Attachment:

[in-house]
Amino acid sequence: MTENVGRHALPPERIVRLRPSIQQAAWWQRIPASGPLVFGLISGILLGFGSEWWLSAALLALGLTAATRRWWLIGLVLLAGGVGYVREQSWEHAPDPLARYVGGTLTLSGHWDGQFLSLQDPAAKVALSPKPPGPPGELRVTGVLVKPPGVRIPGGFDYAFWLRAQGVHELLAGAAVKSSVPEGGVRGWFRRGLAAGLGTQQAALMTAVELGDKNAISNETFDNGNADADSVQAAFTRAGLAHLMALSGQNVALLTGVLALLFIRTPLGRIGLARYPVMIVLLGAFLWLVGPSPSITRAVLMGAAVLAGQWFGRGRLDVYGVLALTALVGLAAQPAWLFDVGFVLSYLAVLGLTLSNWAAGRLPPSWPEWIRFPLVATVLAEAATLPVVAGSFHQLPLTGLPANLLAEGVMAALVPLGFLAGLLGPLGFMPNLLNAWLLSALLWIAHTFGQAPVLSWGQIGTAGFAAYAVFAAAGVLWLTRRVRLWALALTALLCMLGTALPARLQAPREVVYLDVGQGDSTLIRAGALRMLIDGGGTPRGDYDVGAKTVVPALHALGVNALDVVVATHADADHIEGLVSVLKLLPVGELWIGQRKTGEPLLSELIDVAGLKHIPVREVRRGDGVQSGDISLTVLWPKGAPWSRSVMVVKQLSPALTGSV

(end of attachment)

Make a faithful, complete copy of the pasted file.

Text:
[in-house]
Amino acid sequence: MTENVGRHALPPERIVRLRPSIQQAAWWQRIPASGPLVFGLISGILLGFGSEWWLSAALLALGLTAATRRWWLIGLVLLAGGVGYVREQSWEHAPDPLARYVGGTLTLSGHWDGQFLSLQDPAAKVALSPKPPGPPGELRVTGVLVKPPGVRIPGGFDYAFWLRAQGVHELLAGAAVKSSVPEGGVRGWFRRGLAAGLGTQQAALMTAVELGDKNAISNETFDNGNADADSVQAAFTRAGLAHLMALSGQNVALLTGVLALLFIRTPLGRIGLARYPVMIVLLGAFLWLVGPSPSITRAVLMGAAVLAGQWFGRGRLDVYGVLALTALVGLAAQPAWLFDVGFVLSYLAVLGLTLSNWAAGRLPPSWPEWIRFPLVATVLAEAATLPVVAGSFHQLPLTGLPANLLAEGVMAALVPLGFLAGLLGPLGFMPNLLNAWLLSALLWIAHTFGQAPVLSWGQIGTAGFAAYAVFAAAGVLWLTRRVRLWALALTALLCMLGTALPARLQAPREVVYLDVGQGDSTLIRAGALRMLIDGGGTPRGDYDVGAKTVVPALHALGVNALDVVVATHADADHIEGLVSVLKLLPVGELWIGQRKTGEPLLSELIDVAGLKHIPVREVRRGDGVQSGDISLTVLWPKGAPWSRSVMVVKQLSPALTGSV